Provider #2 = “Traction”: with the patient supine, flex the knee and the hip to or past 90 degrees, apply axial traction along the length of the femur away from the body, and internally and externally rotate the hip to free the femur head from behind the rim of the acetabulum. Since you are working against the quadriceps and hamstring muscles, one might have to stand on the stretcher over the patient, straddle the injured leg, and hugging the shin to one’s chest use one’s legs to generate adequate traction.
    Captain Morgan Technique: can be done with only one person, but countertraction can help

     

      Provider #1 = “The Captain”: Place one’s foot on the edge of the stretcher so that one’s knee is underneath the patient’s knee on the injured side. One’s ipsilateral hand should also be in the popliteal fossa to aide with traction and positioning. Flex one’s calf to elevate the knee while pushing down on the patient’s tibia. Of note, make sure that the fulcrum is the popliteal fossa and that traction is constant and gradually increasing to minimize risk of tibial injury. Again, internal and external rotation may be necessary
      Provider #2 = optional countertraction. Alternatively, leave the patient on the backboard and strap their pelvis down (thanks, ALiEM!)

 

 
 
What is this patient's disposition?
Orthopedic consultation and likely admission as patients will have to be non-weight bearing for 24-48 hours, require pain control, are often placed in hip immobilizers (think huge foam-wedge between the patient’s legs) and require frequent neuro-checks.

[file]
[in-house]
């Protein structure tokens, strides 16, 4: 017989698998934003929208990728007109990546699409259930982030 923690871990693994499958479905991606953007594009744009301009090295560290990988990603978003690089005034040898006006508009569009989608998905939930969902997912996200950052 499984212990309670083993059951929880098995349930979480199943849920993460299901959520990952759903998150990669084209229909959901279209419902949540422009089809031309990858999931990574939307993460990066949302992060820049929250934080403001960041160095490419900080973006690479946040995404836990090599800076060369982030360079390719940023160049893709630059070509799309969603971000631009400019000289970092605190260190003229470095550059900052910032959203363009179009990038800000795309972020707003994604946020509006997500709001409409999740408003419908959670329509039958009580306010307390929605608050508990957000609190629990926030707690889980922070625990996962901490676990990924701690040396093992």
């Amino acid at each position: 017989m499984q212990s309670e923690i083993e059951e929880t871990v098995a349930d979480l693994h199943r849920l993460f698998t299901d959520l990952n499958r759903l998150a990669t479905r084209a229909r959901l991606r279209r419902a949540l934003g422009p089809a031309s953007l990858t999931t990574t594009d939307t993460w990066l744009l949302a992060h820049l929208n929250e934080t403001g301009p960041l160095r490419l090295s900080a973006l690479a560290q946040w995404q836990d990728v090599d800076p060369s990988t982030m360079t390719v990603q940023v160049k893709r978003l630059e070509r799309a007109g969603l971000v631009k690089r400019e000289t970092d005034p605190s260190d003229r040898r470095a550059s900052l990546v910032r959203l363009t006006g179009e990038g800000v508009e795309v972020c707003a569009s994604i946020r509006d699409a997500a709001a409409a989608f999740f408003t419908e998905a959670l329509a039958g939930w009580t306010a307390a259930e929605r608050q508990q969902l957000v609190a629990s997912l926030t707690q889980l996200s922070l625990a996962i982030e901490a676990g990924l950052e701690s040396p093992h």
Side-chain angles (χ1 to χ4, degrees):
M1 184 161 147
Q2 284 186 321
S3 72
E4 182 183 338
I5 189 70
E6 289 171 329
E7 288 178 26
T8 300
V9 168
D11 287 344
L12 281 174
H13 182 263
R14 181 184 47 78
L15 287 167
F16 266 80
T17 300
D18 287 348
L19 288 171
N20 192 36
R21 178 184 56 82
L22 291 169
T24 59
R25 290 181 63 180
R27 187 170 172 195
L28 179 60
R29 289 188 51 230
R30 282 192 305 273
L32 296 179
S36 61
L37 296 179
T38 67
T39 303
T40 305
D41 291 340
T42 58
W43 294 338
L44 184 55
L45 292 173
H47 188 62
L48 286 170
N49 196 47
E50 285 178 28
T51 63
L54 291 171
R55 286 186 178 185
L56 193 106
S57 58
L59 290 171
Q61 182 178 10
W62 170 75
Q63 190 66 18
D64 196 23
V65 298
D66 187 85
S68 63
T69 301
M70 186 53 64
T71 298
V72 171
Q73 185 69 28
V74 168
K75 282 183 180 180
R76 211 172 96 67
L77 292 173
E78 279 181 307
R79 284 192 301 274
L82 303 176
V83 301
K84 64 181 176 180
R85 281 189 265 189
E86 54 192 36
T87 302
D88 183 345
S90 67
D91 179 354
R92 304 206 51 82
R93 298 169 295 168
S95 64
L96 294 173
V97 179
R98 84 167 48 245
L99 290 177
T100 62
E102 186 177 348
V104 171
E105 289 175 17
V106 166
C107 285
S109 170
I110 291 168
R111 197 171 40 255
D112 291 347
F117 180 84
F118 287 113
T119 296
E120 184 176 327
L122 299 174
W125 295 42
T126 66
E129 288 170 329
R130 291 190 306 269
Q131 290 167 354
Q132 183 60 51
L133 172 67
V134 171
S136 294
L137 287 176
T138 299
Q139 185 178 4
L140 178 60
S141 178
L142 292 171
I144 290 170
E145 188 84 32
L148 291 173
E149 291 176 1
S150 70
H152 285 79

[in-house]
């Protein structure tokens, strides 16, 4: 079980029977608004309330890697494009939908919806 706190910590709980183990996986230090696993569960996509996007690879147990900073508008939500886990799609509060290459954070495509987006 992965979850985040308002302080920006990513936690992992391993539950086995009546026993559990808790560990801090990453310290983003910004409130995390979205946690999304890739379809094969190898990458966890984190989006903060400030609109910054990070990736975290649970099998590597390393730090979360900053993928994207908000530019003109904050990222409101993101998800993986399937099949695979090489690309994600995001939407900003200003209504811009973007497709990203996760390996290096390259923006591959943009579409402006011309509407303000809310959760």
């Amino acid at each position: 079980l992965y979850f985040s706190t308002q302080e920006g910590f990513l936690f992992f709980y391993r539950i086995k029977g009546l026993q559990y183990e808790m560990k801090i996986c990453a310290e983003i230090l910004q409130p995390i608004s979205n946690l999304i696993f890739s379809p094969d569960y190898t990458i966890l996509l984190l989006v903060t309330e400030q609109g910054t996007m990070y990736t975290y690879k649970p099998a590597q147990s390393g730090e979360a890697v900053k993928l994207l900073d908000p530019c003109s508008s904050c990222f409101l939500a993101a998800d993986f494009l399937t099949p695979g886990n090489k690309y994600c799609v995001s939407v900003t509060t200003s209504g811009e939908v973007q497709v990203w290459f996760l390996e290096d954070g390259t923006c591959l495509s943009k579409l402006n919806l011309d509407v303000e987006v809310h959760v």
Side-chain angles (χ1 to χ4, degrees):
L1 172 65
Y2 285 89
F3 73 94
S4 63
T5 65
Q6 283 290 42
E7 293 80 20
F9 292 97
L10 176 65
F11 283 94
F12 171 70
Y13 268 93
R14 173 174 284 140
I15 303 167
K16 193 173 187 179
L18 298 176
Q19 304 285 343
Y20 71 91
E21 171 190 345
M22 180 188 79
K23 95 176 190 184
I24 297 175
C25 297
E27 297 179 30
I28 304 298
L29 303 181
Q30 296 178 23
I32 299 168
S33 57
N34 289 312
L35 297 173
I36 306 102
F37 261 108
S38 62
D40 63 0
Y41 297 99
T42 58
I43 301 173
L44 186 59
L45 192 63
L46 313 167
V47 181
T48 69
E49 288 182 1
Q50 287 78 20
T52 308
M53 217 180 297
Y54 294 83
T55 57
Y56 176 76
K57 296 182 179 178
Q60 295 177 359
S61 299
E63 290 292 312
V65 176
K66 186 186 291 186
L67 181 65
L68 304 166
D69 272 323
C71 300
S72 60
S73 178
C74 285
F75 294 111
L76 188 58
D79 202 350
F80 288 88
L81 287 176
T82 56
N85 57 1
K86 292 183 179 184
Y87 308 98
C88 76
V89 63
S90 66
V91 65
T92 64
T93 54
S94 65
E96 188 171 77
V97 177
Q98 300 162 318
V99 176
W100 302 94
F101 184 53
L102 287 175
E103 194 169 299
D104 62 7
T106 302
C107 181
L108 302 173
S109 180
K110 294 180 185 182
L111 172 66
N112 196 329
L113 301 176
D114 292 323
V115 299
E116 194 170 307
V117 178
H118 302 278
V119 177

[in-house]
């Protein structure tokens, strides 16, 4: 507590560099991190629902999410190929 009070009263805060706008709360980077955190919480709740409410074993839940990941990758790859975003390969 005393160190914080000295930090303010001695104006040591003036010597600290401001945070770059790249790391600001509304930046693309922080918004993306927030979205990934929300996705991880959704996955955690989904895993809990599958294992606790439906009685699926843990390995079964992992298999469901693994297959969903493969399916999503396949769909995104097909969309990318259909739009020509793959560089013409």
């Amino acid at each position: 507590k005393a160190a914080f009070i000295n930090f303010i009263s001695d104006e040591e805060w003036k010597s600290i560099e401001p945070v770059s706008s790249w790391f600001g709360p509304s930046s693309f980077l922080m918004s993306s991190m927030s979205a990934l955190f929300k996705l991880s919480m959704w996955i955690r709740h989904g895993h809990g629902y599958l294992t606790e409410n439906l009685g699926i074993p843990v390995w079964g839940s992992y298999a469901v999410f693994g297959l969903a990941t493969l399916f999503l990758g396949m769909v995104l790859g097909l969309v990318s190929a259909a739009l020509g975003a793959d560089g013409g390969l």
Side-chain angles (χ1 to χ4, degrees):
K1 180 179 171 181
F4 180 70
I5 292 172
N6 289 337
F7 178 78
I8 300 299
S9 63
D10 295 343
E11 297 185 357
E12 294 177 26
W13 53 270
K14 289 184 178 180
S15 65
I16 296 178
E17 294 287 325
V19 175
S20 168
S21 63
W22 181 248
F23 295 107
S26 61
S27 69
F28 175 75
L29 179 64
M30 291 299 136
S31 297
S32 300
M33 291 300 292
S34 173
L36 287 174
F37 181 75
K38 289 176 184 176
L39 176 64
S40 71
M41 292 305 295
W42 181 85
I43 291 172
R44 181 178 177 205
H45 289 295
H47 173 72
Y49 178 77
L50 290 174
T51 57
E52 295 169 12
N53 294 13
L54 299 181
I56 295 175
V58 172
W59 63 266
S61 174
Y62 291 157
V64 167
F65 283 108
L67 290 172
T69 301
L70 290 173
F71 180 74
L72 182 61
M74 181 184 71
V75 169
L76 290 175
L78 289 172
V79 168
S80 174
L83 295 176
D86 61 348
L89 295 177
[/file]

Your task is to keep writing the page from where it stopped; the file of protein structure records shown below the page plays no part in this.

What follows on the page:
Bibliography:
Germann, C. A., & Fix, M. L. Chapter 043. Hip and Femur Injuries. In A. B. Wolfson, R. L. Cloutier, G. W. Hendey, L. J. Ling, C. L. Rosen, & J. Schaider (Eds.), Harwood-Nuss’ Clinical Practice of Emergency
Medicine (6th ed.). http://ovidsp.ovid.com/ovidweb.cgi?T=JS&CSC=Y&NEWS=N&PAGE=booktext&D=books2&AN=01817268/6th_Edition/3&XPATH=/OVIDBOOK%5b1%5d/METADATA%5b1%5d/TBY%5b1%5d/EDITORS%5b1%5d.
 
Hendey, G. W., & Avila, A. The Captain Morgan technique for the reduction of the dislocated hip. Ann Emerg Med [serial online]. 2011; 58: (6), 536-540. http://www.ncbi.nlm.nih.gov/entrez/query.fcgi?cmd=Retrieve&db=PubMed&dopt=Citation&list_uids=21839540.
 
Lin, Michelle. Trick of the Trade: Captain Morgan technique for hip dislocation. Academic Life in Emergency Medicine. Accessed July 15, 2015. Posted December 13, 2011. http://www.aliem.com/trick-of-the-trade-captain-morgan-technique-for-hip-dislocation/